Hey hi hello! Today we are back on the blog with some tips on how timeblocking has increased my productivity. As a brand and website designer for dietitians, it’s essential that my days are as productive as possible. Unlike a lot of other business owners, we manage several different clients at one point – for me, I like being able to have my hands on different projects because it spices up my creativity!
However, with this approach, it can get easy to not take advantage of all time I have in a days time – sometimes I can spend 6 hours on a website and an hour responding to emails but this might not have been the best approach in order to tackle all the things needed in a days time.
Here’s how timeblocking for my business goes:
This is something I’ve practiced since I was in college – I always start my day by writing down every single thing possible that is in my brain; both personal and business related. I’m so glad I customized my Golden Coil to have weekly brain dump sections for this in particular! Once everything is written out on paper for the day, I begin step two.
Let’s just say on my list I have to work on two client websites, write a blogpost, clean my kitchen and run to the grocery store today. I would separate personal tasks [cleaning my kitchen and grocery run] and work tasks [client websites and blogpost] so that I can easily see what’s on my plate. This leads us into step three.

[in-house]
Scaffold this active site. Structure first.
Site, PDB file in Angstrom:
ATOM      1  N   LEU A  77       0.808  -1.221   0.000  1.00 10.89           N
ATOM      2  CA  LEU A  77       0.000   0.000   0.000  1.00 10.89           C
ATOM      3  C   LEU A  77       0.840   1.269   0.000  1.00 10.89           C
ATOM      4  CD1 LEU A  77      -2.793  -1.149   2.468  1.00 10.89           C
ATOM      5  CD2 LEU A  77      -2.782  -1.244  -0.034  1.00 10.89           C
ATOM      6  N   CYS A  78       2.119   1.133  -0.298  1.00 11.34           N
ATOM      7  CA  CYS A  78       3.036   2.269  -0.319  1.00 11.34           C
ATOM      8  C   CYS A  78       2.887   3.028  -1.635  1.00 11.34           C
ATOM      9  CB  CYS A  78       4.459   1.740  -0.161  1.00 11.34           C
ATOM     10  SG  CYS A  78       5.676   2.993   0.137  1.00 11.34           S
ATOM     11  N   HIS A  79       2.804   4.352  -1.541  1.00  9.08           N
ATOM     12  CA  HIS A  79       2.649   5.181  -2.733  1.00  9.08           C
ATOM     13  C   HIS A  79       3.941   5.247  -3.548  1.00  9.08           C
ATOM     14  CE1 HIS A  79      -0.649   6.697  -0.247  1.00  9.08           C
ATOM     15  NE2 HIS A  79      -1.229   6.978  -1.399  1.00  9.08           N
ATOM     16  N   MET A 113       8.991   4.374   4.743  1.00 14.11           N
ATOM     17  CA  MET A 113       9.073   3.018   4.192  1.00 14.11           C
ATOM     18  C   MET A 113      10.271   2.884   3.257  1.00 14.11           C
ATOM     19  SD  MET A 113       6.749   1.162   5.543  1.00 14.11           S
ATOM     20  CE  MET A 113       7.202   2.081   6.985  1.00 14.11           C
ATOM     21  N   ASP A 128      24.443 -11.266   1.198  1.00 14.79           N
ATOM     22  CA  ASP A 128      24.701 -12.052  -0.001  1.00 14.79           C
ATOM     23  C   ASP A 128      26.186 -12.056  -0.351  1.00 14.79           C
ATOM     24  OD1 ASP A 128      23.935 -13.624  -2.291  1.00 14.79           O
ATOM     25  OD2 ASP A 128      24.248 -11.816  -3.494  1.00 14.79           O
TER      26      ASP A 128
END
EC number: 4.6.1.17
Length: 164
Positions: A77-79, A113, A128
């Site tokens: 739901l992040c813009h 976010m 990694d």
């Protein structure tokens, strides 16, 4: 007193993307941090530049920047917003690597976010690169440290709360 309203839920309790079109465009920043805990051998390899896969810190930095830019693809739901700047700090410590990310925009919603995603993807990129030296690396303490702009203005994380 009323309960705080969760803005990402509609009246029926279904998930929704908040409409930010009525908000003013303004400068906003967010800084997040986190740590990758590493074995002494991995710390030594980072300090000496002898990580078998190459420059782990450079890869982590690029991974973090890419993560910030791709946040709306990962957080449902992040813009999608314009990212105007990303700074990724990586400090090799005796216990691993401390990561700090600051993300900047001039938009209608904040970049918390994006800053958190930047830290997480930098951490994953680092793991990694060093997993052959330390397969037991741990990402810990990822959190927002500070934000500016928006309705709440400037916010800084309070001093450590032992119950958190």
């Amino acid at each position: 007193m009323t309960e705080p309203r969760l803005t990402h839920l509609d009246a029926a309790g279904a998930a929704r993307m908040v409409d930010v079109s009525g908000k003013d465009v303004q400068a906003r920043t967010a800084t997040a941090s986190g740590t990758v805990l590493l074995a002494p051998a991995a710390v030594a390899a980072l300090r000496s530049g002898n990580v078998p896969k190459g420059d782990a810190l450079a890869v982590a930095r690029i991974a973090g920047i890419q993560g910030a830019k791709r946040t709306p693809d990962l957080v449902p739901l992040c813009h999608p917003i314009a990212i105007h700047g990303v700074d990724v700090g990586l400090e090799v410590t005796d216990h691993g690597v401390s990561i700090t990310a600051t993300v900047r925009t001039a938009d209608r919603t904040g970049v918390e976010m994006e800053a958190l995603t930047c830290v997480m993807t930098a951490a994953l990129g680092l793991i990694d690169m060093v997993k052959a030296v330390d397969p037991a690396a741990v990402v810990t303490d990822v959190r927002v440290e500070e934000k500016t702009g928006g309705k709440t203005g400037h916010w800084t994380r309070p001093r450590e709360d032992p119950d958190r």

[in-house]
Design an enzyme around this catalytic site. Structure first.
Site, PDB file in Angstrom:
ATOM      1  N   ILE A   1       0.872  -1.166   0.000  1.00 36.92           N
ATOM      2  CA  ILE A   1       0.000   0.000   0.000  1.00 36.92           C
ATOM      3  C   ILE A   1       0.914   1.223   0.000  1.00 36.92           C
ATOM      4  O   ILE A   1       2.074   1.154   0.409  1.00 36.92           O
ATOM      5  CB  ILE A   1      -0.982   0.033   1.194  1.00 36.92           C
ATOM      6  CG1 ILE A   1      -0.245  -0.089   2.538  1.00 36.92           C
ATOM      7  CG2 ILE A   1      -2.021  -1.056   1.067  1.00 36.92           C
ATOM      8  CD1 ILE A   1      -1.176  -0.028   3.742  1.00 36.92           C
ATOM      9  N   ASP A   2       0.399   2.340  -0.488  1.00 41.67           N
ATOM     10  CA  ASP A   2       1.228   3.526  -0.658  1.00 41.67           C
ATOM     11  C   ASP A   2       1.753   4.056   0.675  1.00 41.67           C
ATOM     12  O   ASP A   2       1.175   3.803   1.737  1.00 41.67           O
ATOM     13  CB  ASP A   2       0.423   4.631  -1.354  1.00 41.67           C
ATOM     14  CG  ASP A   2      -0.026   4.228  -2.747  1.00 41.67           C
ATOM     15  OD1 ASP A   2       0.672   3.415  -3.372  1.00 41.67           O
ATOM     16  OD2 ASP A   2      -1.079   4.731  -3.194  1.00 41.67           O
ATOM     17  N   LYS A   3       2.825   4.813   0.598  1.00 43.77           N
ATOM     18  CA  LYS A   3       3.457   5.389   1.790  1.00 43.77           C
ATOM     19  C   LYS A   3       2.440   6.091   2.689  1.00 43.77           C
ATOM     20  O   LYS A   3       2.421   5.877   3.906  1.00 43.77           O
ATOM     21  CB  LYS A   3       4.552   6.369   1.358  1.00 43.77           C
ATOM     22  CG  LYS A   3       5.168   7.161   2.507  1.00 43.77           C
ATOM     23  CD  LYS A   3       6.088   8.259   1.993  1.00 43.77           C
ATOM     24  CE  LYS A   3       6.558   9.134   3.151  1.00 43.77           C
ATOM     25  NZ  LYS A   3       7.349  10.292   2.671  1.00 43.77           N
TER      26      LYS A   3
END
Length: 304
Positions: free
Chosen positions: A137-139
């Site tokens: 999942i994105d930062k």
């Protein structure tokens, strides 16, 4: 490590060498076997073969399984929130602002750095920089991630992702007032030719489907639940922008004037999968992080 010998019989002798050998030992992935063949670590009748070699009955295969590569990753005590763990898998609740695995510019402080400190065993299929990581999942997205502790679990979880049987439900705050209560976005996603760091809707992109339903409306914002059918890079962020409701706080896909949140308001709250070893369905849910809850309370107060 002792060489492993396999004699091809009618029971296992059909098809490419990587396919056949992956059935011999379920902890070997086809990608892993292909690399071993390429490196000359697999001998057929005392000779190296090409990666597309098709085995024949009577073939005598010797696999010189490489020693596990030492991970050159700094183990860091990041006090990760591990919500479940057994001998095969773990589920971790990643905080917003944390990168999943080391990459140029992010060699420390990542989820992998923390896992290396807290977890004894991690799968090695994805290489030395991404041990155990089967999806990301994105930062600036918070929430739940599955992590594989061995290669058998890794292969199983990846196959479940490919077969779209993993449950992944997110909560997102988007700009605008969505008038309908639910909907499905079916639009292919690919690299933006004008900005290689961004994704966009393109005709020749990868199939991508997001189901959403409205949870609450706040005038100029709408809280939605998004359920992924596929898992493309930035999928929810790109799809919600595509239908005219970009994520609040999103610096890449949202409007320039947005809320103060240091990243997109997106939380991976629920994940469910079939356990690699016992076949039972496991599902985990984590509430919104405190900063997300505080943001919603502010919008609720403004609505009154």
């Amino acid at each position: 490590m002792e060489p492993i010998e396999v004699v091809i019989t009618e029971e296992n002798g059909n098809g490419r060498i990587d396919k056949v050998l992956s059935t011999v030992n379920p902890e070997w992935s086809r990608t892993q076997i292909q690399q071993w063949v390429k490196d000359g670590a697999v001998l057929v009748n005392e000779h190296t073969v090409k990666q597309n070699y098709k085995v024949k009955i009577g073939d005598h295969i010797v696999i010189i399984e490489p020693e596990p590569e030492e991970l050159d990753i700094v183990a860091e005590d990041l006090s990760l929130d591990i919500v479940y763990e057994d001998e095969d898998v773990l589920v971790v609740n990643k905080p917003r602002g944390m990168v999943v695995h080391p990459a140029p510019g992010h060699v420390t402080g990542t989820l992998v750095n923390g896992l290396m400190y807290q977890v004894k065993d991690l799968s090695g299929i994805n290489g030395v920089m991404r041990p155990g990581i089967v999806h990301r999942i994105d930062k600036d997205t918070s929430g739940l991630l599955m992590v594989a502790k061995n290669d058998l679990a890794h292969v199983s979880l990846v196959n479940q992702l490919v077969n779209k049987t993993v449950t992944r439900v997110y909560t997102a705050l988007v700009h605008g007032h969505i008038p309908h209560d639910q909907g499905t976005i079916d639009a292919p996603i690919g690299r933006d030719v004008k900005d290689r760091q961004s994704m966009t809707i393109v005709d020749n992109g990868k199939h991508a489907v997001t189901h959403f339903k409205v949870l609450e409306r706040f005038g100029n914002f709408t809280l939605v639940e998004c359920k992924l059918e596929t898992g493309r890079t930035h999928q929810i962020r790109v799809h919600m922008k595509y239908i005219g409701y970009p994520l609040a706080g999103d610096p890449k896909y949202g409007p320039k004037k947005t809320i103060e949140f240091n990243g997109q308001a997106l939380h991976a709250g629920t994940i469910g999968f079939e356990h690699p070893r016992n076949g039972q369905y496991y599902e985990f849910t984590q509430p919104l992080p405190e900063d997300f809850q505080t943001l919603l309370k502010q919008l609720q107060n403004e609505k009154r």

What tasks in your day are ESSENTIAL to get done? I totally understand that all tasks are very important in getting done in a days time, but you always have certain things that are priority. For example, if I had a deadline of *insert todays date* to complete a website design, I would most likely put that first on my list in order to ensure I would tackle it by the end of the day. From there, writing a blogpost would probably be lower on my list since it’s not for any immediate client need.
Now, let’s put a timeline to all those tasks! Let’s estimate how long it’s going to take myself to finish my clients website or whatever task you are doing and write it down for when you start your workday. As an example, I normally begin working at 7:30 and know that I have 2 hours of important work to do to finish my clients website. I’m going to block out 7:30-9:30AM for only working on my clients website. In that timeline, I will not work on anything else unless something urgent comes up! Continue filling up your day with your timelines until you’ve reached your end of work day!
By using this timeblocking method, I’m able to physically see all tasks that I have for one day at hand. Once I’ve done that, I was then able to prioritize my tasks which ensures that I’m completing the most important tasks for the day.
Before I used timeblocking, my day felt more scrambled; I was working on 5 tasks at a time, work wasn’t as efficient and I felt more burnt out. This allows me to have more structure and control throughout my day.
If you use timeblocking, I’d love to know how it’s helped your business and your productivity!